The Palestinian Hamas resistance movement says Israel must pay the price for its continued attacks against the besieged Gaza Strip.
The coastal sliver, home to some two million people, has been under an Israeli-imposed crippling siege since June 2007, which has caused a decline in the living standards as well as unprecedented levels of unemployment and unrelenting poverty there.
Israel has also launched three major wars against the enclave since 2008, killing and wounding thousands of Gazans each time and shattering the impoverished territory’s already poor infrastructure.
- Iran has urged the international community to pressure the Israeli regime into joining the Non-Proliferation Treaty (NPT).
Deputy Representative of the Islamic Republic to the United Nations Es’haq Al-e Habib says the international community must force Tel Aviv to join the NPT and allow the International Atomic Energy Agency (IAEA) to access its nuclear facilities considering the Israeli regime’s destructive role in the region.
Addressing a virtual meeting on the anniversary of the Comprehensive Nuclear-Test-Ban Treaty (CTBT) on Thursday, Al-e Habib stressed that the destructive role of the United States and Israel has prevented the realisation of a Weapons of Mass Destruction (WMD) Free Zone in the Middle East.
He slammed the US’ negative role in preventing the proliferation of nuclear weapons and said with 1,054 nuclear tests, Washington has had the highest number of such tests in comparison to other countries.
He referred to the US as the possessor of the world’s largest nuclear arsenal and the only country to have used nuclear weapons, and said Washington not only has no intention to end testing nuclear weapons and join the Comprehensive Nuclear-Test-Ban Treaty (CTBT) but also continues to modernise and strengthen its nuclear arsenal.
Nuclear disarmament must remain at the top of the international community’s agenda, he said, adding that the nuclear tests must be stopped since they are against the soul of CTBT and commitment to nuclear disarmament as per the Article VI of the NPT.
Israel, which pursues a policy of deliberate ambiguity about its nuclear weapons, is estimated to have 200 to 400 nuclear warheads in its arsenal.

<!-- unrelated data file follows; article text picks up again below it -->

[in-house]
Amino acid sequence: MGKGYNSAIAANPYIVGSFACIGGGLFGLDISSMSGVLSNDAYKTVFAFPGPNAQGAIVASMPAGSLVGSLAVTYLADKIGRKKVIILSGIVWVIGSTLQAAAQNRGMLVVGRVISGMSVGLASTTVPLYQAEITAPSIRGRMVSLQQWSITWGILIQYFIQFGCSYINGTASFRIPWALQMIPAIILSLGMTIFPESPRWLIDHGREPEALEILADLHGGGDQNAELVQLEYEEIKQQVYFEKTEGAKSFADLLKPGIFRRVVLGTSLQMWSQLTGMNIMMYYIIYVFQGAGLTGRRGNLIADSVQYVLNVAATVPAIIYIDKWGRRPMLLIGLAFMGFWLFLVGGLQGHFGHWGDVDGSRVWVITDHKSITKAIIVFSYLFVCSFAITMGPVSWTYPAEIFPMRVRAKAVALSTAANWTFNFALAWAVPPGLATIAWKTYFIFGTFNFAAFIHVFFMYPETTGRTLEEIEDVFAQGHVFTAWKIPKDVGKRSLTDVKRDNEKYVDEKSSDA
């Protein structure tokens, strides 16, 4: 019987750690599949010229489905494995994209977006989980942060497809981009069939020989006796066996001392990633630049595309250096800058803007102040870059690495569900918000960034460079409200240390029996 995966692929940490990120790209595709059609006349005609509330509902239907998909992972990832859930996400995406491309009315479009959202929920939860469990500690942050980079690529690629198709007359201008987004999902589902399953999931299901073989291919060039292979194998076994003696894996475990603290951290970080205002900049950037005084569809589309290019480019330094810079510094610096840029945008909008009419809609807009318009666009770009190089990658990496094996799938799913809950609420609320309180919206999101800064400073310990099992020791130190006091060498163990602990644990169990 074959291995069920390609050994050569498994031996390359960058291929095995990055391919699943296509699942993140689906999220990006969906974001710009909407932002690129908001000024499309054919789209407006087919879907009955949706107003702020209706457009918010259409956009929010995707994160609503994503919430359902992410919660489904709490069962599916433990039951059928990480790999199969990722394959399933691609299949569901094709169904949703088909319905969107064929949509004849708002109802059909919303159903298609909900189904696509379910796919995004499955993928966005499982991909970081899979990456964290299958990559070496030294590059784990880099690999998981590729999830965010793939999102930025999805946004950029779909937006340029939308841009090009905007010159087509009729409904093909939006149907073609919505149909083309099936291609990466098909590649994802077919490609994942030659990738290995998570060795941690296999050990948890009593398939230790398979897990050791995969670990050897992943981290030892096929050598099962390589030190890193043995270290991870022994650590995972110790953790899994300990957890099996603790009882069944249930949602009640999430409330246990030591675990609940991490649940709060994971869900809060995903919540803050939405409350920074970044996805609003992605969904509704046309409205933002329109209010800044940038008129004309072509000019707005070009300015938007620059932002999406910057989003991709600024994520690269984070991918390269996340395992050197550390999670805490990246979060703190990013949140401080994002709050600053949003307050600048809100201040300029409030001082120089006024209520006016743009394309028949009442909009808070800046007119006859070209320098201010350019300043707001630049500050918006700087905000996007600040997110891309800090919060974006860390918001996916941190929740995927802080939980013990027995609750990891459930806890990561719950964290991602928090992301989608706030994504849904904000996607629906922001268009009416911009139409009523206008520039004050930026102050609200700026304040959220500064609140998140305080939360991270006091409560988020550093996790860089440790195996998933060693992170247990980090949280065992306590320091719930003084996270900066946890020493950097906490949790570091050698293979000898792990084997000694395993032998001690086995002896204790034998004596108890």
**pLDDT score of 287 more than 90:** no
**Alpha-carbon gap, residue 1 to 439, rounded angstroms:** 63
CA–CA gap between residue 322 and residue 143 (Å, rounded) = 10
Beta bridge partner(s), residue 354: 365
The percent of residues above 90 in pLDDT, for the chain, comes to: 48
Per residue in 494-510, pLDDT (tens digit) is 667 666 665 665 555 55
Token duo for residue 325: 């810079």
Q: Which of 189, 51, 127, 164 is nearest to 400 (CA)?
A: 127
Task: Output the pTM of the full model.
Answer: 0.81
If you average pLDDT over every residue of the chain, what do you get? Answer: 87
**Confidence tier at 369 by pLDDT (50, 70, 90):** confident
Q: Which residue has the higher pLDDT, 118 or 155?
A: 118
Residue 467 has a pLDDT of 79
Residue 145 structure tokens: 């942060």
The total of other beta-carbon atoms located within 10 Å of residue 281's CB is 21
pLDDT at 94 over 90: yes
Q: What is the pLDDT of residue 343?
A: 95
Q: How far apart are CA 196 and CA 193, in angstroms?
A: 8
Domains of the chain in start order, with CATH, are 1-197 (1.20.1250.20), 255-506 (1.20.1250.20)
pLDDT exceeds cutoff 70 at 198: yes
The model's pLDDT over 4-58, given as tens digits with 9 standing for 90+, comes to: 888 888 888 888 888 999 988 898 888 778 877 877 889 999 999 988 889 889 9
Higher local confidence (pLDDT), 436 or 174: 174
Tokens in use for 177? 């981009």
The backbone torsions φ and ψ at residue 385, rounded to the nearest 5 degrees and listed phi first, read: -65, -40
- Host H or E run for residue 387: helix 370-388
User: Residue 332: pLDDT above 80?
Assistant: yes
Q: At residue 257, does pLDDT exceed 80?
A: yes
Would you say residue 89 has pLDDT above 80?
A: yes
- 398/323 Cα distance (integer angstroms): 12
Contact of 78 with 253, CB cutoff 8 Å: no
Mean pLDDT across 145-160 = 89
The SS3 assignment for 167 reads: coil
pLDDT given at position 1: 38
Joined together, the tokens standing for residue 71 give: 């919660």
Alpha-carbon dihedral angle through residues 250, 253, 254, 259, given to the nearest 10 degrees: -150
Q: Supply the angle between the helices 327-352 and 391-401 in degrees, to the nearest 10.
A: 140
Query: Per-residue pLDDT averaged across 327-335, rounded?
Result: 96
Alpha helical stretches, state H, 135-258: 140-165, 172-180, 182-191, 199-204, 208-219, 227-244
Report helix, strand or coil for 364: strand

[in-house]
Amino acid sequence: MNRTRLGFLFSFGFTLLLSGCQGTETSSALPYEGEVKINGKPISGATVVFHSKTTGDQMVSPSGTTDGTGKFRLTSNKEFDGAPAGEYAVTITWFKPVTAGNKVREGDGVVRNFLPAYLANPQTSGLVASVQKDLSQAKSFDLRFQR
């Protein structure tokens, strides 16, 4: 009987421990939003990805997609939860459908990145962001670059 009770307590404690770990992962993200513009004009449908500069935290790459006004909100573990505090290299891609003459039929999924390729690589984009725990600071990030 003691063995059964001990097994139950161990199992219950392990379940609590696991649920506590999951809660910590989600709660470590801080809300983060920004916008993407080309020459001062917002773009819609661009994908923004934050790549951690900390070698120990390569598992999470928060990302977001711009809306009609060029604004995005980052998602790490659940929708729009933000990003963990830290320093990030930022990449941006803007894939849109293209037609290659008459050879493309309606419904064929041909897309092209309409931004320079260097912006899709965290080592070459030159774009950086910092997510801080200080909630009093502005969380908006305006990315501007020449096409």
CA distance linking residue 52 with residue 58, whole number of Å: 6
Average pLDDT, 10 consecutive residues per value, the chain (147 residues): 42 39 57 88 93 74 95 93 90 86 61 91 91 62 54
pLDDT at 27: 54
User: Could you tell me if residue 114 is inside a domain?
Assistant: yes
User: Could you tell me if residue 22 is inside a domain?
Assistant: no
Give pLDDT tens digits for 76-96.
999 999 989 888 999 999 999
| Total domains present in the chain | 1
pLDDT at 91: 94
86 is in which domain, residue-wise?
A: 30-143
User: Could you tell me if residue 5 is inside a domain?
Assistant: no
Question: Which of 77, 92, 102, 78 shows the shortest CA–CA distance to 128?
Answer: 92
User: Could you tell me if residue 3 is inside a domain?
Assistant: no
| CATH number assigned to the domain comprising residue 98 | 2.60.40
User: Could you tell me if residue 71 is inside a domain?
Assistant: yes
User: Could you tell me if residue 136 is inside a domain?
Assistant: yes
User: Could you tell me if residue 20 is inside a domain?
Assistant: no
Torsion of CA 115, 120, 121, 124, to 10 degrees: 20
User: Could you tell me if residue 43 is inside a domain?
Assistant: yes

The regime has refused to allow inspections of its military nuclear facilities or sign the NPT.
Under Article VI of the NPT, all parties to the treaty undertake to pursue good-faith negotiations on effective measures related to nuclear disarmament and the cessation of nuclear arms race.
- India has stopped purchasing crude oil from China-linked companies, as part of New Delhi’s recent move to restrict imports from neighbouring countries in the wake of an escalating border dispute.
New Delhi has passed a new law that restricts state refiners from dealings with companies from countries sharing a border with India.
Last week, Indian state refiners decided to stop sending crude import tenders to Chinese trading firms like CNOOC, Unipec and PetroChina among others, the report said.
To participate in Indian tenders, the order makes registration with a department in the federal commerce ministry ‘mandatory’ for any bidders from nations sharing a border with India.
The country shares borders with Pakistan, China, Bangladesh, Myanmar, Nepal and Bhutan. The new order, however, did not name any specific country.
India is the world’s third biggest oil consumer which imports nearly 84% of its oil needs.
China does not export crude to India but Chinese firms are among major oil traders globally.
Indian state refiners, which control 60% of the country’s 5 million barrel-per-day refining capacity, regularly tap spot markets for crude.
New Delhi put the new restriction in place in July, after border tensions erupted between India and China in the wake of clashes that led to the deaths of 20 Indian soldiers in the Galwan Valley, a precipitous and rocky border area that lies between China’s Tibet and India’s Ladakh regions.
That was the first such deadly clash at the disputed border in the western Himalayas since 1967.
India accused Beijing of having ‘pre-meditated and planned’ the fighting, but China said Indian troops had violated a military agreement, and attacked its troops.
The governments of the two nuclear armed powers are now seeking to reach an agreement on ways to pull back troops from across the disputed border.